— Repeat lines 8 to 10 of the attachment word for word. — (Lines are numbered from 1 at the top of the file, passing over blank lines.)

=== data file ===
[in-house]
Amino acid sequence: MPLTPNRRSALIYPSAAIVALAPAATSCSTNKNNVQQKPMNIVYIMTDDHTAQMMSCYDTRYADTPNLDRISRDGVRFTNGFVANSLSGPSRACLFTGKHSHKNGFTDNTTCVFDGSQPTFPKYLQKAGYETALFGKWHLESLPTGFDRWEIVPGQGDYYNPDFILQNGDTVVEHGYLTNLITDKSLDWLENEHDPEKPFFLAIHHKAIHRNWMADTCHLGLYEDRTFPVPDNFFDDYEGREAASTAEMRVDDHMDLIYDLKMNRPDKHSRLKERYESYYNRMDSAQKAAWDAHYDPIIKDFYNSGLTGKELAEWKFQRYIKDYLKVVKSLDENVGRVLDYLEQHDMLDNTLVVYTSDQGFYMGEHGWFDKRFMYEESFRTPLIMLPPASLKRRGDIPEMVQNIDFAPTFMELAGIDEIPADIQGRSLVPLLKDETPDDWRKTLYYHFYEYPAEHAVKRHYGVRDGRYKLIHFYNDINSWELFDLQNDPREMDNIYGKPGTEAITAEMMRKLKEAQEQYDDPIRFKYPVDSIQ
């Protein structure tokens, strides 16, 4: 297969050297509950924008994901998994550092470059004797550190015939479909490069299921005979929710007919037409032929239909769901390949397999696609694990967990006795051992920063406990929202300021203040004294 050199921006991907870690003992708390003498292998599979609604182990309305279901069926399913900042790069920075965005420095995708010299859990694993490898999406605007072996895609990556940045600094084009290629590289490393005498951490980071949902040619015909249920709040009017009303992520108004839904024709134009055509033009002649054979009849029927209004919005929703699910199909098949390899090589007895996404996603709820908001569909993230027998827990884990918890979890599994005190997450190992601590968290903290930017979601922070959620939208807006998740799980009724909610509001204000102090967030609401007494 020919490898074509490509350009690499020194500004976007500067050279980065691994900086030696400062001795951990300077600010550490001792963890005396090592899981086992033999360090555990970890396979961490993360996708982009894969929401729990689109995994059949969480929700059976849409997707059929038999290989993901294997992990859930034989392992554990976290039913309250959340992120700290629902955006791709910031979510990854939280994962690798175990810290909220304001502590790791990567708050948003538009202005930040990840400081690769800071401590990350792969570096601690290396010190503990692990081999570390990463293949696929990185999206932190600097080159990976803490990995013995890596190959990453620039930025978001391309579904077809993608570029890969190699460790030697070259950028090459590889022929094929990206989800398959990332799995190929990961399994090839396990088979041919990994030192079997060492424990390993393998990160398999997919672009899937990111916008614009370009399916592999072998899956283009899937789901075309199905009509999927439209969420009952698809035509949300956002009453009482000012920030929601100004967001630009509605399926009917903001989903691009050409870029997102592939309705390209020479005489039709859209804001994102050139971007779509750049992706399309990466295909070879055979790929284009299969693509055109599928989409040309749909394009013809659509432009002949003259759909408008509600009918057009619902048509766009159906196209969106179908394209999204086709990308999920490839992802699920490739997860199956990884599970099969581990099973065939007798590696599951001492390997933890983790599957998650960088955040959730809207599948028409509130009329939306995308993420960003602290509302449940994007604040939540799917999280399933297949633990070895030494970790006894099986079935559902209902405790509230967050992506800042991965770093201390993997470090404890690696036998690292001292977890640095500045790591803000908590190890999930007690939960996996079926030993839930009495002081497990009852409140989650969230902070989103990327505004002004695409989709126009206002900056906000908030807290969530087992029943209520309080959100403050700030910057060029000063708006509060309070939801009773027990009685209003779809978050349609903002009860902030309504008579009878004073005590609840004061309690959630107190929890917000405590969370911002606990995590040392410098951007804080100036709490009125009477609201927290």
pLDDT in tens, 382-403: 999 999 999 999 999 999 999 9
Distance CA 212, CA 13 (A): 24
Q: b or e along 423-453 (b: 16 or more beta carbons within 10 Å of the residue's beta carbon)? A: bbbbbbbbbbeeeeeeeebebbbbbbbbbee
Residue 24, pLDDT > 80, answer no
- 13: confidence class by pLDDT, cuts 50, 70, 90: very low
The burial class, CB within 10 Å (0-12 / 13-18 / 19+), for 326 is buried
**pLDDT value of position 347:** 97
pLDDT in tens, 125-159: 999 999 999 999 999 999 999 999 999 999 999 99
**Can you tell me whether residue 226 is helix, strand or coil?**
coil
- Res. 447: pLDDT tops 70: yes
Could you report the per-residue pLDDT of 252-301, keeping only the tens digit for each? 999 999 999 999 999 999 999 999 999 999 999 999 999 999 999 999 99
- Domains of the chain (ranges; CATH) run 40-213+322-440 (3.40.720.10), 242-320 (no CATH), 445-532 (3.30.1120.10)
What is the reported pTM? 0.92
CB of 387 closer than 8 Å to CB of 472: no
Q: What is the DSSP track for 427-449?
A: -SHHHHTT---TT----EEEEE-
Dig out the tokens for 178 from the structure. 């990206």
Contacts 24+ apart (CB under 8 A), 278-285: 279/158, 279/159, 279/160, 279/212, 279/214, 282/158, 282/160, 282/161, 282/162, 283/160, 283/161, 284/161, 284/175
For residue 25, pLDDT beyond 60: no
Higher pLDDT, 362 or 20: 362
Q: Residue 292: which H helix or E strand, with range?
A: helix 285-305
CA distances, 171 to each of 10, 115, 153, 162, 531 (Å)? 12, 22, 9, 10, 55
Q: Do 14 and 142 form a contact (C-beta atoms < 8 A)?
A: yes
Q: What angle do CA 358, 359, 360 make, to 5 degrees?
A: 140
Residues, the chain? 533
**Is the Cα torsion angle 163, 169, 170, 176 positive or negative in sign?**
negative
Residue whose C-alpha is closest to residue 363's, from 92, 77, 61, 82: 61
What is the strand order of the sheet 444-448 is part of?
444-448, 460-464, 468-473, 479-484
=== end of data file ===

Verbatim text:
- 13: confidence class by pLDDT, cuts 50, 70, 90: very low
The burial class, CB within 10 Å (0-12 / 13-18 / 19+), for 326 is buried
**pLDDT value of position 347:** 97